WASHINGTON — Embattled President Barack Obama said that the upcoming midterm elections will see a good result for his Democratic Party, in an interview with CBS’ 60 Minutes yesterday.
Reuters reported  Obama’s rosy outlook on the 2014 midterm elections this November, and simply said, “Yes, I do” when asked if he was confident in the Democrats’ ability to retain control of the U.S. Senate.
He lamented how Americans have not felt the positive effects of the economic recovery, and tried to highlight how Americans’ lives are better after having him as president. His approval ratings are close to presidency-lows and many of his Senate allies are in close races against Republican challengers.
Obama claimed, “I can put my record against any leader around the world in terms of digging ourselves out of a terrible, almost unprecedented financial crisis.” He repeated a recent campaigning slogan, trying to echo Ronald Reagan, “Ronald Reagan used to ask the question: ‘Are you better off than you were four years ago?’ In this case, are you better off than you were in six? And the answer is, the country is definitely better off than we were when I came into office.”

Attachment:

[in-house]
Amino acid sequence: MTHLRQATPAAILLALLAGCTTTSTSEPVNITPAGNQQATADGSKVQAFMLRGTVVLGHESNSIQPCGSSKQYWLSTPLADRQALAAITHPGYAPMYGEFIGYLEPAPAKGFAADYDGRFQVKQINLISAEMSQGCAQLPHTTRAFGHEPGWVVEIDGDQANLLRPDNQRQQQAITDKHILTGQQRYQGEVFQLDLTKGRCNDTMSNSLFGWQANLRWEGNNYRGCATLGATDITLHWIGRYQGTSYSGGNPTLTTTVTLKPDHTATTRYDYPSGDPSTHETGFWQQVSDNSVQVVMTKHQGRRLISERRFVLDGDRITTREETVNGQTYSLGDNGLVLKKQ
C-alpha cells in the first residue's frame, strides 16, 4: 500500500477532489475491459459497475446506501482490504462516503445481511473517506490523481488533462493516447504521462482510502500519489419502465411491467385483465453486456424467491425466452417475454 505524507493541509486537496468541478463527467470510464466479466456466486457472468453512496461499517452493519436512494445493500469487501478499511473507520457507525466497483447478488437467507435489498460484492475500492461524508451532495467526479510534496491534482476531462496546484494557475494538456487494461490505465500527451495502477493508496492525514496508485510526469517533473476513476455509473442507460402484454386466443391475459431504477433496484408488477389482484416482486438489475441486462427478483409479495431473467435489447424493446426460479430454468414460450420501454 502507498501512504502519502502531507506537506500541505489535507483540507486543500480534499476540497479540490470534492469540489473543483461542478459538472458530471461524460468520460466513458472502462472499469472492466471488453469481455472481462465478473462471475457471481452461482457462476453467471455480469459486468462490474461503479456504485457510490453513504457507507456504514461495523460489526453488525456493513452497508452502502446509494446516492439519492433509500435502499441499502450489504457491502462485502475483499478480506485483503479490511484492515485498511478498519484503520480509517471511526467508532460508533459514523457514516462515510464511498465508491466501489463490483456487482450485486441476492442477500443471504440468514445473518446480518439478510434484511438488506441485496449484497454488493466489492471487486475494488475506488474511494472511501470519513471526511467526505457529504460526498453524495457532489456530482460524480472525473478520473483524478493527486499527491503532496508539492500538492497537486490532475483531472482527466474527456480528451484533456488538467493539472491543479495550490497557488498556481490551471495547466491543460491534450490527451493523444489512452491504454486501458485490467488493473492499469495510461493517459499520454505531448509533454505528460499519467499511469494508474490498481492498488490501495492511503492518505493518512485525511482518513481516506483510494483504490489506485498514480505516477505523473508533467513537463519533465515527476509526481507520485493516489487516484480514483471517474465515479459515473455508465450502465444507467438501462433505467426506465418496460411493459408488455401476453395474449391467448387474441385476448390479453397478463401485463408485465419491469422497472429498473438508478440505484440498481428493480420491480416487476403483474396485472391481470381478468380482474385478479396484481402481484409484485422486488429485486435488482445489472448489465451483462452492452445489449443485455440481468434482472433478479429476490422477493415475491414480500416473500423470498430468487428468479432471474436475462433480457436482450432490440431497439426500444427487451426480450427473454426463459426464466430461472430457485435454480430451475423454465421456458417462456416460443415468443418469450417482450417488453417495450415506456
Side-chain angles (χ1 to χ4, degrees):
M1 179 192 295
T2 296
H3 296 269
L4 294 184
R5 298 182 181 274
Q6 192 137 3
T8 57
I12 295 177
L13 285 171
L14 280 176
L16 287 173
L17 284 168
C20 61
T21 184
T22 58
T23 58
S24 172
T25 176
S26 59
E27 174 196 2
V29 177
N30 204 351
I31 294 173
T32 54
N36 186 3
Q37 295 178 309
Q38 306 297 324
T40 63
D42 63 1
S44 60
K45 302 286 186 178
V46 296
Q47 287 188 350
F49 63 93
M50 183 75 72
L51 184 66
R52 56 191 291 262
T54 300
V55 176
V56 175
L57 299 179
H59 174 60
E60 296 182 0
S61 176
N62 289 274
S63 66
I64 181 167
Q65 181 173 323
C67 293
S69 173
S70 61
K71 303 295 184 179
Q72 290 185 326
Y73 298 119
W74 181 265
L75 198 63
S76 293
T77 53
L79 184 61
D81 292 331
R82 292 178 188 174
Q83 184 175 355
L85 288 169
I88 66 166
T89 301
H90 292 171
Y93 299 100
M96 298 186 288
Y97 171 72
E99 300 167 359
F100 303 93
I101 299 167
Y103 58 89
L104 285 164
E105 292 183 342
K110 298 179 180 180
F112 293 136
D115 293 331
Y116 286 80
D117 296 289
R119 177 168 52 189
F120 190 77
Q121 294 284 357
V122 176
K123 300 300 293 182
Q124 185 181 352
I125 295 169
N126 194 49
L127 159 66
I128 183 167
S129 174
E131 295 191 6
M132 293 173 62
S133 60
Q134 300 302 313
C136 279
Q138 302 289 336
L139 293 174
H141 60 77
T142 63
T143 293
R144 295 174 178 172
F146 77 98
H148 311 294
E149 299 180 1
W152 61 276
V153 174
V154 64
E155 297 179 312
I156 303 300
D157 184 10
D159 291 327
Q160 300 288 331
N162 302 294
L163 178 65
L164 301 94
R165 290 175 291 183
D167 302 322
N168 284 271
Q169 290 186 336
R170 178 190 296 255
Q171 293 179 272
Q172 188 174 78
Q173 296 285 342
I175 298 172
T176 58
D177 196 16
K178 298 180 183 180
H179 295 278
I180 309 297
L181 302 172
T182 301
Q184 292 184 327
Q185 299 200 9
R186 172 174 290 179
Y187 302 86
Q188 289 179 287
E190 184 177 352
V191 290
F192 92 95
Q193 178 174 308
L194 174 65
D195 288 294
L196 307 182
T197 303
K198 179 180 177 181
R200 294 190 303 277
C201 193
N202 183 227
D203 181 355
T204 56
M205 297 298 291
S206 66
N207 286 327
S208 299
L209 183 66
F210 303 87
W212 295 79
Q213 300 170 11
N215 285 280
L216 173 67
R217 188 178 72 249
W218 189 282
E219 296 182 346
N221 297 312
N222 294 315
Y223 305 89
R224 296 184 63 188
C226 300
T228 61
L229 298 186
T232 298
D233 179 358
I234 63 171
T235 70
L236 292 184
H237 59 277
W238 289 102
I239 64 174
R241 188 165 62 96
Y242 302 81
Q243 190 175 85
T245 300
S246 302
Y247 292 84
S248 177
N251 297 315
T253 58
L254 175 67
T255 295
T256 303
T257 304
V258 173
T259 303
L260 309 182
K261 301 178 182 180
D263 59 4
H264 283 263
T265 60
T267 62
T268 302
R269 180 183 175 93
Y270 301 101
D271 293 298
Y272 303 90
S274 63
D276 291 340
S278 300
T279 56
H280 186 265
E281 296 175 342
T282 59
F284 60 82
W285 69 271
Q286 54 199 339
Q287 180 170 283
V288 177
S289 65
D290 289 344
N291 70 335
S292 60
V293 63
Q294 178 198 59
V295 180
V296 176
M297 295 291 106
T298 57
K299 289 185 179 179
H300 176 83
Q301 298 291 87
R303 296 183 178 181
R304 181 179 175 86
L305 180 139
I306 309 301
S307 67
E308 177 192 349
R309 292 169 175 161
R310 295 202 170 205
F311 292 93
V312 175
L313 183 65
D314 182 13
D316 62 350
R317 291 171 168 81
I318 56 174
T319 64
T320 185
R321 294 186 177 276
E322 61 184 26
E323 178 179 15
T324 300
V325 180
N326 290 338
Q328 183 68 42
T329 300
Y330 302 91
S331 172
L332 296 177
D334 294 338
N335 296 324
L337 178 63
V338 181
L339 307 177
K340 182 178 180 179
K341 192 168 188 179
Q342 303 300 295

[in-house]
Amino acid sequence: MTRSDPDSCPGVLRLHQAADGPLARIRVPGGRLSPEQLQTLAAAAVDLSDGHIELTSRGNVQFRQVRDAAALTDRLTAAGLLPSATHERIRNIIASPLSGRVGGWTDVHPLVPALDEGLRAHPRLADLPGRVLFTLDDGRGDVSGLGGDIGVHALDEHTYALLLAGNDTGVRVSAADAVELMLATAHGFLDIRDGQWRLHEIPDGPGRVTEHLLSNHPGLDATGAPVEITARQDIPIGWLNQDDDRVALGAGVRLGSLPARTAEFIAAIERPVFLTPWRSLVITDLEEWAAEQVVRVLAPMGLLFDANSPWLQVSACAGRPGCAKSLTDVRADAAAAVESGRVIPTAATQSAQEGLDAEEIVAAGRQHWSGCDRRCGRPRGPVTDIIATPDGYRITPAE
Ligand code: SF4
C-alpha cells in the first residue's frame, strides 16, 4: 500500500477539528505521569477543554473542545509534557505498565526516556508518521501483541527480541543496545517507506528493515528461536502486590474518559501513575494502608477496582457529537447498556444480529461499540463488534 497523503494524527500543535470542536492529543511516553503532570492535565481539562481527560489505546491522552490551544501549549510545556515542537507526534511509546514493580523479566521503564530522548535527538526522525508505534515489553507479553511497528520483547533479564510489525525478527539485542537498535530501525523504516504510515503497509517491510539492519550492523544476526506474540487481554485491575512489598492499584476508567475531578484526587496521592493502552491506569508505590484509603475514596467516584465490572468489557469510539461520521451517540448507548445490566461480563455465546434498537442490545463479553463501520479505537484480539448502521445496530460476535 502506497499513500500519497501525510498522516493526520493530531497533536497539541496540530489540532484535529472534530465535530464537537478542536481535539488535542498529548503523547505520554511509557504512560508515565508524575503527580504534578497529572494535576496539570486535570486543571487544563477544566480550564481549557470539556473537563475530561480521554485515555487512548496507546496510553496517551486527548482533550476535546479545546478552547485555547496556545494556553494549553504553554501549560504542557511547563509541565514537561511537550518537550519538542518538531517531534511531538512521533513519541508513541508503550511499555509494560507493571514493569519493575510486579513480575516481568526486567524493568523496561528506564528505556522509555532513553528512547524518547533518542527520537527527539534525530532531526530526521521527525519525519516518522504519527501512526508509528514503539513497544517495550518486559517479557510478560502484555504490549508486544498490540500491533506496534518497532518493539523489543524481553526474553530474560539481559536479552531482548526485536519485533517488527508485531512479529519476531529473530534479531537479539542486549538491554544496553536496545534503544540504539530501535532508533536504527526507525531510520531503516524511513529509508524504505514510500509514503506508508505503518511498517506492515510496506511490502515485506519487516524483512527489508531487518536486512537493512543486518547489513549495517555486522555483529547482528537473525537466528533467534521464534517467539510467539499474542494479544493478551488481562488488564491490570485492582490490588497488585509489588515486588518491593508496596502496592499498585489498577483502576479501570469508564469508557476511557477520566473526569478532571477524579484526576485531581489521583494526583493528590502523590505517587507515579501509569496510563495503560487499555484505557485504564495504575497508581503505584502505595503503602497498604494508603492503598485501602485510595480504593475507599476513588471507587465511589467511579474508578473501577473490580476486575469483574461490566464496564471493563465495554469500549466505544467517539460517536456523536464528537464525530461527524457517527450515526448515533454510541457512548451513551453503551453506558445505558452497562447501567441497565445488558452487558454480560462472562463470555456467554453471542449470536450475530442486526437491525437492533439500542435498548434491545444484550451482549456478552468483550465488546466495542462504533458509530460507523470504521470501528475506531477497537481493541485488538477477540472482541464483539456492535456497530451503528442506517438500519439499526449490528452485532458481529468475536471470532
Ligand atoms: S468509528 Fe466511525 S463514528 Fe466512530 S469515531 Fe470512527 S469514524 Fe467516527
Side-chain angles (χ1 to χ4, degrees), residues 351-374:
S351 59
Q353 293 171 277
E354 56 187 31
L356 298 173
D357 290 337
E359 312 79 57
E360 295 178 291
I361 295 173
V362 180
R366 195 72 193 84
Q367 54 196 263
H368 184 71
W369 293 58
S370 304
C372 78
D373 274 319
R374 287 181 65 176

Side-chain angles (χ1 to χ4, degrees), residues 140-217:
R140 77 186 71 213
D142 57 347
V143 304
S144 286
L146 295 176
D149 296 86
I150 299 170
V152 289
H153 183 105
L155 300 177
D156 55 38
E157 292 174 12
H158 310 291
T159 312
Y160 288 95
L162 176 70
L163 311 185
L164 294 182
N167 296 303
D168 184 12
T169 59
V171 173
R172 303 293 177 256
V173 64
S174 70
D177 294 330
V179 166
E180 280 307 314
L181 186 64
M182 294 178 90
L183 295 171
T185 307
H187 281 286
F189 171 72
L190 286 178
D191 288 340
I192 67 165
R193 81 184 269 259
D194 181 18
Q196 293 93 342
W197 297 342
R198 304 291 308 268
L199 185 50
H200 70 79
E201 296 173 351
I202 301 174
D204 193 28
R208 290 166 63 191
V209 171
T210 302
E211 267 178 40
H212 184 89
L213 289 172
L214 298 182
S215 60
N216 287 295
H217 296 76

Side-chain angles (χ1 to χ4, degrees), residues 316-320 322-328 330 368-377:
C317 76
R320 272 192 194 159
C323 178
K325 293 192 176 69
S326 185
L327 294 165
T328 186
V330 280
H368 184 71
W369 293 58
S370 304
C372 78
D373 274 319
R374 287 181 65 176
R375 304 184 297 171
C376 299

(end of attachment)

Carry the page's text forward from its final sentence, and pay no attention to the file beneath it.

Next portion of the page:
But, he said, the American people “don’t feel it. And the reason they don’t feel it is because incomes and wages are not going up.”
What did Obama suggest? He said that the country should raise the minimum wage, make pay equal between men and women (but not mentioning how his administration does not pay women equally  in his White House) and his personal favorite, investing more in American infrastructure.
Obama claimed American voters would agree with him. He said, “Hopefully, they get a chance to hear the argument, because all I’m doing is presenting the facts.”